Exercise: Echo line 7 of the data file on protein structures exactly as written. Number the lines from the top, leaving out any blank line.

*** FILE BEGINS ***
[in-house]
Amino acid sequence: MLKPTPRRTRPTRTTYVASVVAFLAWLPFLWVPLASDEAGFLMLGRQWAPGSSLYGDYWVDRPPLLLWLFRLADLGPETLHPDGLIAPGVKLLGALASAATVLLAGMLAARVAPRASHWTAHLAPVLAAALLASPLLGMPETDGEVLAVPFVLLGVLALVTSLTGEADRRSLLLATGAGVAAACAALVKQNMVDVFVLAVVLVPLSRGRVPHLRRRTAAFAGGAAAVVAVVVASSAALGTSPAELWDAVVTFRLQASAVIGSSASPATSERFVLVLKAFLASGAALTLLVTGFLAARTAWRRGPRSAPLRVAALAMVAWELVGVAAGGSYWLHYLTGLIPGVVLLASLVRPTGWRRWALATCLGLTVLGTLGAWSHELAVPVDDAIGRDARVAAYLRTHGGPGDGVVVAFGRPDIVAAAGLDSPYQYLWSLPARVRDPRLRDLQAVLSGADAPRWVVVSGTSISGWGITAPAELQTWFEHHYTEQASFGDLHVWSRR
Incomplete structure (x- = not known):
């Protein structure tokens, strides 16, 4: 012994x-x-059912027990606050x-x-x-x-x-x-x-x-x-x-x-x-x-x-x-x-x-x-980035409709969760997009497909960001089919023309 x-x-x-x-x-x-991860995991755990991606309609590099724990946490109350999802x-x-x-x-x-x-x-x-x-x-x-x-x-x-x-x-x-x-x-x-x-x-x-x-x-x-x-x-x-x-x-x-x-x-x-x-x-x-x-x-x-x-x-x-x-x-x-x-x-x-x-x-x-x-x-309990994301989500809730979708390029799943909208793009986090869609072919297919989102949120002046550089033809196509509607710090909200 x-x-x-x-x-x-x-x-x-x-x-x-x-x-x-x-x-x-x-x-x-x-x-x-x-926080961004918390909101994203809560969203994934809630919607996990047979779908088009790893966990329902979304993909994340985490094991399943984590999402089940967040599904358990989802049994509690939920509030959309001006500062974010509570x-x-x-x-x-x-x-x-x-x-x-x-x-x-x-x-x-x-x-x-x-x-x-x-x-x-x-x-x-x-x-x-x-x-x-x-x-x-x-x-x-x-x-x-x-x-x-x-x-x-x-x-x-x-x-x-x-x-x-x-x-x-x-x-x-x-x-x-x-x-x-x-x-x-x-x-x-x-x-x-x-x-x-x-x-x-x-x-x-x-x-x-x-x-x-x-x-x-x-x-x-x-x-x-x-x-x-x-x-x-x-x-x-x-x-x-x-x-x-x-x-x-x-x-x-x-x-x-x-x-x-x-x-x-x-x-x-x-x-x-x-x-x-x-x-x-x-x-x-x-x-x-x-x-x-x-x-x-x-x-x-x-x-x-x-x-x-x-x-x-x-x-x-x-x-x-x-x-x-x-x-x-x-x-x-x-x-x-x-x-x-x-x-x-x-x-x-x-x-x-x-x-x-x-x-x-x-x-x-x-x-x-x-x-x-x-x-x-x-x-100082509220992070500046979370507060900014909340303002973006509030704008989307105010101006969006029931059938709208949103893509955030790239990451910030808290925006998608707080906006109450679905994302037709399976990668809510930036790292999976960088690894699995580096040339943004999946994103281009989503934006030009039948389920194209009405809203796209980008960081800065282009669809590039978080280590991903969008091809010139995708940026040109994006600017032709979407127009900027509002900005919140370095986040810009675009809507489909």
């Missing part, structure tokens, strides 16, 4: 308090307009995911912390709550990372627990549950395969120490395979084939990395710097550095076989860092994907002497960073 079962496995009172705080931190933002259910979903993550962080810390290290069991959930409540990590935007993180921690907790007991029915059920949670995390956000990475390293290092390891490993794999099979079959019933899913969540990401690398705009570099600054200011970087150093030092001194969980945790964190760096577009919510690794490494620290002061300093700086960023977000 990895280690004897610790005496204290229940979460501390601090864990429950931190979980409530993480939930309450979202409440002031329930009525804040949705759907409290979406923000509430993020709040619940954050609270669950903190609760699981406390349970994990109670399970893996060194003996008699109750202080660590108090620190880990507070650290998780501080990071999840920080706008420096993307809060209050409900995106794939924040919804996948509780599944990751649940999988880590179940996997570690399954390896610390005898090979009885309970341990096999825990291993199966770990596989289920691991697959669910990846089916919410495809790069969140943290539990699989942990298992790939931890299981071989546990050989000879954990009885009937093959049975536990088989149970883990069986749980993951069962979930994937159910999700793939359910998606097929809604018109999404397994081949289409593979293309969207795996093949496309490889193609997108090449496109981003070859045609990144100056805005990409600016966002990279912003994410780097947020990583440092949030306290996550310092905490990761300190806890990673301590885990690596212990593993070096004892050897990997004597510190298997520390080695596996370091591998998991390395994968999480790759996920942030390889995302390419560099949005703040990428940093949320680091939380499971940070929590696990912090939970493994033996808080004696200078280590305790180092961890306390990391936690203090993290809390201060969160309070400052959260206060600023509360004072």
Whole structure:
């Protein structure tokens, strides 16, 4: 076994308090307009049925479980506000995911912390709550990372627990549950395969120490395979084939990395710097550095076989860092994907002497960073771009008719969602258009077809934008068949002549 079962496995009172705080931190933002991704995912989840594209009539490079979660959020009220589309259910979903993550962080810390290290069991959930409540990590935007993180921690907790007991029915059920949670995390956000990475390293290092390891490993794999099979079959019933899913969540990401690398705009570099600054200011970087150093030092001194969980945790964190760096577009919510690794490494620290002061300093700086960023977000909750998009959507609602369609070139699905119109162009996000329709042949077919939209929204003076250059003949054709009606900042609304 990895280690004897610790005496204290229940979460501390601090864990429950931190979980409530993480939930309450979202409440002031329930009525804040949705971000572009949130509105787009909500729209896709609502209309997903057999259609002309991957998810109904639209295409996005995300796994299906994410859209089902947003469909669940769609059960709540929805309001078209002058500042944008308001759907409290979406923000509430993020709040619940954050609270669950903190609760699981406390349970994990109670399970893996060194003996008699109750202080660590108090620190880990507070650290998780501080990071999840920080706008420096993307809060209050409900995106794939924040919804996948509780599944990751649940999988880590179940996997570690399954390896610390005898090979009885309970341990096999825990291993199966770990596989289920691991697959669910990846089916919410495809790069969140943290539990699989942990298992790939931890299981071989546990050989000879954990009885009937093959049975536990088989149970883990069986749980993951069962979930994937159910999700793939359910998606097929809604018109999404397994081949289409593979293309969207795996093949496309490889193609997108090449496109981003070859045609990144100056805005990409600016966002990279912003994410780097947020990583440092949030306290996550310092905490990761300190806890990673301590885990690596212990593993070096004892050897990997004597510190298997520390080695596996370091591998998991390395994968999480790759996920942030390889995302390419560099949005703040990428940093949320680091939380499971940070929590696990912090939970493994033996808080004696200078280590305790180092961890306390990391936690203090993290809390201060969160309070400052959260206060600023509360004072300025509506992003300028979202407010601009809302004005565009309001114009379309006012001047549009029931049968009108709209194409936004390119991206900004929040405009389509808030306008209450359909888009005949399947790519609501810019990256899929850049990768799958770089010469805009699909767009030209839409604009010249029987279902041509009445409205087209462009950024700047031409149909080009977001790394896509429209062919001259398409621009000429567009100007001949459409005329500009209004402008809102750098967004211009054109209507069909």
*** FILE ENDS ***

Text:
């Protein structure tokens, strides 16, 4: 076994308090307009049925479980506000995911912390709550990372627990549950395969120490395979084939990395710097550095076989860092994907002497960073771009008719969602258009077809934008068949002549 079962496995009172705080931190933002991704995912989840594209009539490079979660959020009220589309259910979903993550962080810390290290069991959930409540990590935007993180921690907790007991029915059920949670995390956000990475390293290092390891490993794999099979079959019933899913969540990401690398705009570099600054200011970087150093030092001194969980945790964190760096577009919510690794490494620290002061300093700086960023977000909750998009959507609602369609070139699905119109162009996000329709042949077919939209929204003076250059003949054709009606900042609304 990895280690004897610790005496204290229940979460501390601090864990429950931190979980409530993480939930309450979202409440002031329930009525804040949705971000572009949130509105787009909500729209896709609502209309997903057999259609002309991957998810109904639209295409996005995300796994299906994410859209089902947003469909669940769609059960709540929805309001078209002058500042944008308001759907409290979406923000509430993020709040619940954050609270669950903190609760699981406390349970994990109670399970893996060194003996008699109750202080660590108090620190880990507070650290998780501080990071999840920080706008420096993307809060209050409900995106794939924040919804996948509780599944990751649940999988880590179940996997570690399954390896610390005898090979009885309970341990096999825990291993199966770990596989289920691991697959669910990846089916919410495809790069969140943290539990699989942990298992790939931890299981071989546990050989000879954990009885009937093959049975536990088989149970883990069986749980993951069962979930994937159910999700793939359910998606097929809604018109999404397994081949289409593979293309969207795996093949496309490889193609997108090449496109981003070859045609990144100056805005990409600016966002990279912003994410780097947020990583440092949030306290996550310092905490990761300190806890990673301590885990690596212990593993070096004892050897990997004597510190298997520390080695596996370091591998998991390395994968999480790759996920942030390889995302390419560099949005703040990428940093949320680091939380499971940070929590696990912090939970493994033996808080004696200078280590305790180092961890306390990391936690203090993290809390201060969160309070400052959260206060600023509360004072300025509506992003300028979202407010601009809302004005565009309001114009379309006012001047549009029931049968009108709209194409936004390119991206900004929040405009389509808030306008209450359909888009005949399947790519609501810019990256899929850049990768799958770089010469805009699909767009030209839409604009010249029987279902041509009445409205087209462009950024700047031409149909080009977001790394896509429209062919001259398409621009000429567009100007001949459409005329500009209004402008809102750098967004211009054109209507069909």